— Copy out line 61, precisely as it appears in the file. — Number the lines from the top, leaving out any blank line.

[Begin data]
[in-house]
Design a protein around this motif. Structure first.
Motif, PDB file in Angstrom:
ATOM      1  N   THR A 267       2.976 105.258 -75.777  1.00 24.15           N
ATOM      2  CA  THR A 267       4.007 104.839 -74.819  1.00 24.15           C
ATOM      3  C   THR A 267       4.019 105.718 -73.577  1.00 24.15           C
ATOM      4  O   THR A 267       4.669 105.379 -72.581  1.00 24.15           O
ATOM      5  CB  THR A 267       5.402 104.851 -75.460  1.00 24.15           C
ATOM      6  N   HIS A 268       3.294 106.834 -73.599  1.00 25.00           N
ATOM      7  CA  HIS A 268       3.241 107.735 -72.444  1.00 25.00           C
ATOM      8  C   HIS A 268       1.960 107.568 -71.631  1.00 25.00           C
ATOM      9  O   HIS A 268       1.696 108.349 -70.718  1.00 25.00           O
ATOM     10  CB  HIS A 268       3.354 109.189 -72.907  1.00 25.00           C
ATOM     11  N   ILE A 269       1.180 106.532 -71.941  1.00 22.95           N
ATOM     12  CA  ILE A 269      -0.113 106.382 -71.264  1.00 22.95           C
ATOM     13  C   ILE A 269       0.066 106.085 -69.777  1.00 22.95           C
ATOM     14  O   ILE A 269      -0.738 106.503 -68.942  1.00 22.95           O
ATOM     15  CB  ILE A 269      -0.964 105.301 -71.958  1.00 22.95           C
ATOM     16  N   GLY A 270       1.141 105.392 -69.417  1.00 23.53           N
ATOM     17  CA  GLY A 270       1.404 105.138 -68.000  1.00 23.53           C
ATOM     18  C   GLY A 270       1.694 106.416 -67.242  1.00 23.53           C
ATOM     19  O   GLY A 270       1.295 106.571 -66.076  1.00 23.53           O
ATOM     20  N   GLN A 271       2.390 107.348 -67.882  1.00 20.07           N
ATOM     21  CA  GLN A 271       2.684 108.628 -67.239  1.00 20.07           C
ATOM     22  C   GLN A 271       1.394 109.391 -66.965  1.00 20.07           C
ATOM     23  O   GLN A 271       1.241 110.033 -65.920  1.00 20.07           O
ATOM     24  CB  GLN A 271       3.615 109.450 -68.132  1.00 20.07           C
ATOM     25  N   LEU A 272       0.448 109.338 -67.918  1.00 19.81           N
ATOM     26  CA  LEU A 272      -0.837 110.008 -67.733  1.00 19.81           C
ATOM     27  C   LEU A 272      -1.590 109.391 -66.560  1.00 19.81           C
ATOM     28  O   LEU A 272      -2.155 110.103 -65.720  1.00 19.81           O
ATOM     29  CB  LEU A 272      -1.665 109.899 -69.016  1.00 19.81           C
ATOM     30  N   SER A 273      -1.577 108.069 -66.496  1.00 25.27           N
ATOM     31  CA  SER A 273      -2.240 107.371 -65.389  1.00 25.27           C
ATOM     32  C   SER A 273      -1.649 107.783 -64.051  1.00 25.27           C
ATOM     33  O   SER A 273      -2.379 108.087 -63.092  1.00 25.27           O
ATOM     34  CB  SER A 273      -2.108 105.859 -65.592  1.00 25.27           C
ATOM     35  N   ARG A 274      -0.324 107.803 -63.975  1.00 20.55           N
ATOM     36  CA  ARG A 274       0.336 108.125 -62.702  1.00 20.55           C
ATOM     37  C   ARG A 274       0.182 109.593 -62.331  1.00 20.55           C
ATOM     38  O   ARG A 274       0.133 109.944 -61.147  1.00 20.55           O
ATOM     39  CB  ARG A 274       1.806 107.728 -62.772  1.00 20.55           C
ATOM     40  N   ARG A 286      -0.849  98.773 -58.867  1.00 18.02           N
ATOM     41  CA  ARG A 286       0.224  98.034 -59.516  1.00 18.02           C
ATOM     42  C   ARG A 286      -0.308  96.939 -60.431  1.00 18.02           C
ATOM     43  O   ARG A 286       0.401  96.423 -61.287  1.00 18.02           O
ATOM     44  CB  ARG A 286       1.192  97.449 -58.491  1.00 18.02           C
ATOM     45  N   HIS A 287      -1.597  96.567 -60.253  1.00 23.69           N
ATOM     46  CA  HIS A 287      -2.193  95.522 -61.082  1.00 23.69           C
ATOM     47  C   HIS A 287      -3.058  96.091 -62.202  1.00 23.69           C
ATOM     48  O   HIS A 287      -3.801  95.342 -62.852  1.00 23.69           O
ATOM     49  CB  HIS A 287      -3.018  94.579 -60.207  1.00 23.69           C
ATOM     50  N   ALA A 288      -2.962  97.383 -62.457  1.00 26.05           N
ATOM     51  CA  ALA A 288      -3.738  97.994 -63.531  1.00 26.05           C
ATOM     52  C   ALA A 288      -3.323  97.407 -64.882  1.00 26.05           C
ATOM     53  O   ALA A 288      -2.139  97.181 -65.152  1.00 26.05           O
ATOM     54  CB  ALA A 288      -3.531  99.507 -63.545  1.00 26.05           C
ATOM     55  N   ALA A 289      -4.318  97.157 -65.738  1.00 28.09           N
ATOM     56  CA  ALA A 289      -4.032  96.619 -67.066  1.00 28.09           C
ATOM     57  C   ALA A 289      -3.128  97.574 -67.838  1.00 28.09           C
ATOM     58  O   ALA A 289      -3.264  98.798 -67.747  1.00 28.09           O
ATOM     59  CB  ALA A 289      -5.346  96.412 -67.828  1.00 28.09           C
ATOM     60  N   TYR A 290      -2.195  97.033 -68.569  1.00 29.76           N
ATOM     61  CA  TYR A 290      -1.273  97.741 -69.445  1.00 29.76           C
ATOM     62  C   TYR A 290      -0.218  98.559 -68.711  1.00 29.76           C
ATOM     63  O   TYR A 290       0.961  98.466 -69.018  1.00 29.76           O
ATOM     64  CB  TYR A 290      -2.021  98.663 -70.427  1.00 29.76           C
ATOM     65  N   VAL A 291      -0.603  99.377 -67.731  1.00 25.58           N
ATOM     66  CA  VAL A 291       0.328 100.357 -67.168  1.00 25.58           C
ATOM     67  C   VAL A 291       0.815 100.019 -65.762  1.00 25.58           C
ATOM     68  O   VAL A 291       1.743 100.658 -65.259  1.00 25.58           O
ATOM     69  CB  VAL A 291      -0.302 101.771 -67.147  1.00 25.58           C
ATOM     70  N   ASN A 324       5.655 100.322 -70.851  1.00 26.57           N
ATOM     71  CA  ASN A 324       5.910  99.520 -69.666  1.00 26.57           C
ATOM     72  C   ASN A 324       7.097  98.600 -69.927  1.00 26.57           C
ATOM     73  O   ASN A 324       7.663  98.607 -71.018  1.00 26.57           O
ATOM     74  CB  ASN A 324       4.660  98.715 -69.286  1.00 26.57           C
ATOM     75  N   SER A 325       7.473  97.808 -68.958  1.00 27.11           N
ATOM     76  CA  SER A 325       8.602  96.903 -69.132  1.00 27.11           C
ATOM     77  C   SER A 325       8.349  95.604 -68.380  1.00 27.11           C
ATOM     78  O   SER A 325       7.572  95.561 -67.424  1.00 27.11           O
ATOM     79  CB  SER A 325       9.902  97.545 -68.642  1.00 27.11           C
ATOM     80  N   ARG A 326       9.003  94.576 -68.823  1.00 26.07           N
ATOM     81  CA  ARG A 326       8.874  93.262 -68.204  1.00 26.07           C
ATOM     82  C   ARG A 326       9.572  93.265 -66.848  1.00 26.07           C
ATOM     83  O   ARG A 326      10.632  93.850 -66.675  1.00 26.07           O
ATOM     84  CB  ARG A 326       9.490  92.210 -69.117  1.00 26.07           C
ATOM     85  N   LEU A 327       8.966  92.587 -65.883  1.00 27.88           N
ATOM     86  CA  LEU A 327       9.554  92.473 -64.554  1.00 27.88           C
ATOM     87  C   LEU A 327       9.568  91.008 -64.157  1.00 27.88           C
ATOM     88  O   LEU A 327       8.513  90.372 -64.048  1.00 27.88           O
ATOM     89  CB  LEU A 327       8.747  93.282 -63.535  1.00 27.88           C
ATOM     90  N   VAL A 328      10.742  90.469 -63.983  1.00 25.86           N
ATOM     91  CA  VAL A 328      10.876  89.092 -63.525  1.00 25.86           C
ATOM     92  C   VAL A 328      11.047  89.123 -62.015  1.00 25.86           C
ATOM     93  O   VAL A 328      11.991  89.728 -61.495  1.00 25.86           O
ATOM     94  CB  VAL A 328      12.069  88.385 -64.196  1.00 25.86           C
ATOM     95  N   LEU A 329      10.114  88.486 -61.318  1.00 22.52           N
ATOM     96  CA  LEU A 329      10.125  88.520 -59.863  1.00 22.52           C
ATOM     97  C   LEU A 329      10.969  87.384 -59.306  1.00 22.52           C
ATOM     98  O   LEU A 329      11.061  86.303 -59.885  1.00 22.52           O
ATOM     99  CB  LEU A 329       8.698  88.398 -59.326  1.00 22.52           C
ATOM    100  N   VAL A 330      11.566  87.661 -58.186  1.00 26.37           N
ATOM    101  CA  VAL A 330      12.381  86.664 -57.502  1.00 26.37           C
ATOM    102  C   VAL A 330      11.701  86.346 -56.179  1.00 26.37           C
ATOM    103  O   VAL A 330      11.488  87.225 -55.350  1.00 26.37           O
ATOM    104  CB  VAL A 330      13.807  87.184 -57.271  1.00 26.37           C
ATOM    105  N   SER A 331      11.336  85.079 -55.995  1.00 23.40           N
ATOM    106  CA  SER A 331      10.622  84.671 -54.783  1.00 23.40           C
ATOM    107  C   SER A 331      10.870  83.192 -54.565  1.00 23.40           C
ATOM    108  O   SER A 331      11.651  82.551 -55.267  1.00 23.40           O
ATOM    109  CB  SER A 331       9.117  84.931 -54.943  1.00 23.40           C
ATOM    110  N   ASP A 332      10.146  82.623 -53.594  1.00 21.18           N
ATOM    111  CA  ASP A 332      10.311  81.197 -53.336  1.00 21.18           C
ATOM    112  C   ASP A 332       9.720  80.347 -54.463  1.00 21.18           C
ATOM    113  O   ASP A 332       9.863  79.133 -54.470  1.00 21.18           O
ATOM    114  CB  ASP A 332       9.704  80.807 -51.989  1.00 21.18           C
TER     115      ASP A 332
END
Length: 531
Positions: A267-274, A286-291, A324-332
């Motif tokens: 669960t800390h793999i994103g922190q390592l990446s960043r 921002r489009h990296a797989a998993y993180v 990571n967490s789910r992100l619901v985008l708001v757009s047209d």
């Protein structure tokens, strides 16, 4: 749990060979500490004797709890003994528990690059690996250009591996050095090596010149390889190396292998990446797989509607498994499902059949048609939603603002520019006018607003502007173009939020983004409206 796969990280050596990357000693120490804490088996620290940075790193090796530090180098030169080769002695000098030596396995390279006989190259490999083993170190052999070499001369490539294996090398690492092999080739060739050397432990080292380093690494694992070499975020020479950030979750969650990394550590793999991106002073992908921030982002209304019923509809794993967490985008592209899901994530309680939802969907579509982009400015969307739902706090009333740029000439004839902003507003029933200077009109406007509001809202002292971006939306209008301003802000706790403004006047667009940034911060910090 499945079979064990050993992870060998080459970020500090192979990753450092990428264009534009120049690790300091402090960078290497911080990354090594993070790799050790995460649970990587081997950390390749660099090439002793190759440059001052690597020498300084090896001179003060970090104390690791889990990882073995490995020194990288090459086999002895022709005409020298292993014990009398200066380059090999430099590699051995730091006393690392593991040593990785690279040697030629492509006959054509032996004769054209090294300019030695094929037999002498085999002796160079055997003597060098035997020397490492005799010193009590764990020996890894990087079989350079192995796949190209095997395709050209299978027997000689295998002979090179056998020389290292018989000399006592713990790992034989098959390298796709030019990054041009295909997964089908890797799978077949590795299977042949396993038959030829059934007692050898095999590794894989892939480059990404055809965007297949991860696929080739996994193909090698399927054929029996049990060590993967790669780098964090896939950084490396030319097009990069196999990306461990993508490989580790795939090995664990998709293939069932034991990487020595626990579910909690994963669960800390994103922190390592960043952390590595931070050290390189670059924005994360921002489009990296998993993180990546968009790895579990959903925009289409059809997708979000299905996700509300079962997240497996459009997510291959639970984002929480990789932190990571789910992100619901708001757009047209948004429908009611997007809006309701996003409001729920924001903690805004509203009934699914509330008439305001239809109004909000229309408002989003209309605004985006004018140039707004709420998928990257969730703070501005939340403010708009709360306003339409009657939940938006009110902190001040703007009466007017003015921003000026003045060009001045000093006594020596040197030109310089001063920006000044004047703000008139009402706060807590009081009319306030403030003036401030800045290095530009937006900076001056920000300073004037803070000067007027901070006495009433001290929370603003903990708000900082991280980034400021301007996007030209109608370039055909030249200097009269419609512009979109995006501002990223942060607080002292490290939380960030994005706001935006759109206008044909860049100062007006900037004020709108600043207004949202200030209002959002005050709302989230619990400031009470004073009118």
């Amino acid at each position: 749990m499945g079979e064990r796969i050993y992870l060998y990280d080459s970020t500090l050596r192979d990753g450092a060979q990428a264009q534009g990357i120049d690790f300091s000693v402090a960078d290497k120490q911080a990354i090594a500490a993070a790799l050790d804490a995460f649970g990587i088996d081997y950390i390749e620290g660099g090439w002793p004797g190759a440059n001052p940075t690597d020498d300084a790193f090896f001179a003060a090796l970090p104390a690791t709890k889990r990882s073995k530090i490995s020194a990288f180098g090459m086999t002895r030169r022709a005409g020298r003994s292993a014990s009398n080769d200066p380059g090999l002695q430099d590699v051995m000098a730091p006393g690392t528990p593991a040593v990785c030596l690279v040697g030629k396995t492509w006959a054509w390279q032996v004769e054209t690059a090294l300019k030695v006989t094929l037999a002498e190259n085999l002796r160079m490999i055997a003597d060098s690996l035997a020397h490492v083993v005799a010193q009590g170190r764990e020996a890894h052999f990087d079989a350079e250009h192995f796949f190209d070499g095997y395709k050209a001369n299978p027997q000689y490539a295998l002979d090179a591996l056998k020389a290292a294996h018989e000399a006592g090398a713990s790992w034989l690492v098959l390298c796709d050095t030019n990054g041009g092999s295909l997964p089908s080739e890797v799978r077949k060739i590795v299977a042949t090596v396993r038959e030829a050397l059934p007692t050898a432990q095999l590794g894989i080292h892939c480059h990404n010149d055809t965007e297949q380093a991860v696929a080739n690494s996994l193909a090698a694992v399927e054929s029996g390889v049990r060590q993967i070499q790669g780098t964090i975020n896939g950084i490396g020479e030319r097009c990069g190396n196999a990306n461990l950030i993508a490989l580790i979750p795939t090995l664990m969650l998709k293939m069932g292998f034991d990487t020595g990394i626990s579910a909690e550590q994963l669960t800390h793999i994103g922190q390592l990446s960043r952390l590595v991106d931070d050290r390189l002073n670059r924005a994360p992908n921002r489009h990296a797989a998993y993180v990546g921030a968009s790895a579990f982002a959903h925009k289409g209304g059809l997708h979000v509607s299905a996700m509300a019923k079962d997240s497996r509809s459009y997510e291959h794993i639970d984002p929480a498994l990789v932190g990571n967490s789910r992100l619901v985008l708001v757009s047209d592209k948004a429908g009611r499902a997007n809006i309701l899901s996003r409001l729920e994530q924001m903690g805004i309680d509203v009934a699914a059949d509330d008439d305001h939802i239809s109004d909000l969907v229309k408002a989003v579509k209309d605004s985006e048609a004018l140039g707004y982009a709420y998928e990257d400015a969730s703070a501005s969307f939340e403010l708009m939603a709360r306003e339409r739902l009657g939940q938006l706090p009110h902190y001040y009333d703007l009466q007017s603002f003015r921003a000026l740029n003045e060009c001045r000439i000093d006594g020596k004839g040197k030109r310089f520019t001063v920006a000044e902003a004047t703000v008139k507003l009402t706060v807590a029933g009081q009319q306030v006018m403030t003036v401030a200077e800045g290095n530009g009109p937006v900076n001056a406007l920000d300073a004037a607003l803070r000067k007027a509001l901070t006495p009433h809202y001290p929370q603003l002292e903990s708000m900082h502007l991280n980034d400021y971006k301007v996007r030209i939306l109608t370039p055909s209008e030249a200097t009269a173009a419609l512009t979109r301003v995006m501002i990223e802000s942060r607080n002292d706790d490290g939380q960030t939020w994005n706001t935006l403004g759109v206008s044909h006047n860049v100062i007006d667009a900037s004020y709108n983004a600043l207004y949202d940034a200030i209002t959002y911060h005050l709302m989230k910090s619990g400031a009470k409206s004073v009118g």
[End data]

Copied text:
ATOM     58  O   ALA A 289      -3.264  98.798 -67.747  1.00 28.09           O